The market researcher said total video game sales grew 43 percent, up from $12.53 billion in 2006. In December, historically the industry's strongest month, Americans spent $4.82 billion on video games, up 28 percent from a year earlier and up 83 percent from $2.63 billion in November.
Video games sold well during the holidays even as jittery consumers were cutting back spending on clothes and other items.
Hardware sales jumped 54 percent to $7.04 billion in 2007, while software sales climbed 34 percent to $8.64 billion. In December, hardware sales rose 17 percent to $1.83 billion, and software sales grew 36 percent to $2.37 billion.
"I think the industry has become much more generally accepted as a mainstream form of entertainment over the last couple of years, and that sets it up well for future expansion," NPD analyst Anita Frazier said in an e-mail.
Much of this growing acceptance has been attributed to the Wii, groundbreaking when it launched in 2006 for its motion-sensitive controller that lets players mimic movements for bowling, tennis or sword-fighting.
Even so, the portable Nintendo DS was by far the year's best-selling gaming system with 8.5 million units sold, 2.5 million of them in December. In short supply all year, the Wii still sold 6.3 million units, 1.4 million of them last month.
Nintendo of America President Reggie Fils-Aime said the company expects to sell more Wiis this year than it did in 2007. To deal with the high demand, Nintendo raised Wii production twice since last April, the last time to 1.8 million units a month. Though the consoles are still selling out soon after they hit store shelves, Nintendo has not said it plans to boost production again.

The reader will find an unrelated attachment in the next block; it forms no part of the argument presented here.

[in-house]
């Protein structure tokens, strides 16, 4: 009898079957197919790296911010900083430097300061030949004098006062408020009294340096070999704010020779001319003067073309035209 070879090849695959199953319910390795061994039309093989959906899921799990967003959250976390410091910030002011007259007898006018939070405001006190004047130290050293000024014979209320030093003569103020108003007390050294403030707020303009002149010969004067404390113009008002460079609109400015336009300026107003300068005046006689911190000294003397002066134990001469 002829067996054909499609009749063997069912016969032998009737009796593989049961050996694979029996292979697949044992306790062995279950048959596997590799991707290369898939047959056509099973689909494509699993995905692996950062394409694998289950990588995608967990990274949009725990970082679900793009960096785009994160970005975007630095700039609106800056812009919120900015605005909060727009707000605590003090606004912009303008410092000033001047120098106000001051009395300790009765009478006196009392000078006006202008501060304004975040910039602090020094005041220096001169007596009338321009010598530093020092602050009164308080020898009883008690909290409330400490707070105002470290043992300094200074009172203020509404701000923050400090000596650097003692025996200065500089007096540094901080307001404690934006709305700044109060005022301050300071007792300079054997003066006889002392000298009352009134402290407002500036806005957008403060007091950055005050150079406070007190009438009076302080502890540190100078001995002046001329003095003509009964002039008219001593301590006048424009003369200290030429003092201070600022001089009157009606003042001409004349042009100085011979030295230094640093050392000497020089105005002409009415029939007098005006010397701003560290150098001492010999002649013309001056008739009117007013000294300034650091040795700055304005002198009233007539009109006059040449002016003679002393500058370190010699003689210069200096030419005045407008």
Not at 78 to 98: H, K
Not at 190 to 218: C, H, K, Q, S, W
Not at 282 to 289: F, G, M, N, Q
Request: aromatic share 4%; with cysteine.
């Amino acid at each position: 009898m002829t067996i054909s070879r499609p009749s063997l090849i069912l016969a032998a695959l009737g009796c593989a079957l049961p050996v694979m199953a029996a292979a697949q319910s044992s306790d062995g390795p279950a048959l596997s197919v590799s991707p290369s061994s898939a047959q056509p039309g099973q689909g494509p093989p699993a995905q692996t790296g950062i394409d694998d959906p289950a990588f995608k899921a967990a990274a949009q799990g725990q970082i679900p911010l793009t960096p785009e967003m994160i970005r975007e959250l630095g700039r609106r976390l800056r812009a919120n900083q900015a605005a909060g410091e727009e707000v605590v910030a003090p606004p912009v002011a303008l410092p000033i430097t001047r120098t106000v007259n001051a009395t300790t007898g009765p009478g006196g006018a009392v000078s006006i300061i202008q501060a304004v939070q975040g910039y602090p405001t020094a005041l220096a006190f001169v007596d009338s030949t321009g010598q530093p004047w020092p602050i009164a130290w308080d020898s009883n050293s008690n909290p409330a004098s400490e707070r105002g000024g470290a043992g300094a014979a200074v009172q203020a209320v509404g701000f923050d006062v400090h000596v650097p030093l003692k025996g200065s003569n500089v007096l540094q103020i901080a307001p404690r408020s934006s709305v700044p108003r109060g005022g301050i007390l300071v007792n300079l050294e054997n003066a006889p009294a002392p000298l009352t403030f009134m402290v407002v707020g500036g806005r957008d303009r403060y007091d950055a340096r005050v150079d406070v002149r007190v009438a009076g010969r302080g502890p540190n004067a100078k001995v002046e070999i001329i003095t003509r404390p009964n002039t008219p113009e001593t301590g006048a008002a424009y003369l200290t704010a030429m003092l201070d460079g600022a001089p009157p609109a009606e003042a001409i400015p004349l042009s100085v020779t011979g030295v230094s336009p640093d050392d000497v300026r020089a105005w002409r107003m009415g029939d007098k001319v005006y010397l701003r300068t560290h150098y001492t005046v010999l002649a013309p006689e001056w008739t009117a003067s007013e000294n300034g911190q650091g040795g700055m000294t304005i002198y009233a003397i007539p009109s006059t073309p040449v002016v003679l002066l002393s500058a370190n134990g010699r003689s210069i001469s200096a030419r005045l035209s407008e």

The year's best-selling game was Microsoft Corp.'s blockbuster first-person shooter "Halo 3," which helped sell 4.6 million Xbox 360s in 2007, about 1.3 million of them in December.
Microsoft spokesman David Dennis said there have been shortages of the Xbox 360 at retailers across the U.S. The company, he added, is working on getting the consoles back on store shelves "as soon as possible."
Sony's PlayStation 3 was the only gaming system that didn't sell more than a million units in December. Nonetheless, sales have jumped since Sony slashed the console's price by $100 and launched a low-end model last fall. There were 797,600 PS3s sold during the month, and 2.6 million in 2007.
Frazier said Activision Inc.'s "Guitar Hero" games remain the industry's best-selling franchise. People spent more than $820 million on "Guitar Hero" games for various consoles in 2007.
Dennis and Fils-Aime said the U.S. economic slowdown had not hurt video games, as the industry has generally been insulated from broader downturns.
"Gaming is about having fun, spending time with friends you want to do it whether the economy is good or bad," Dennis said.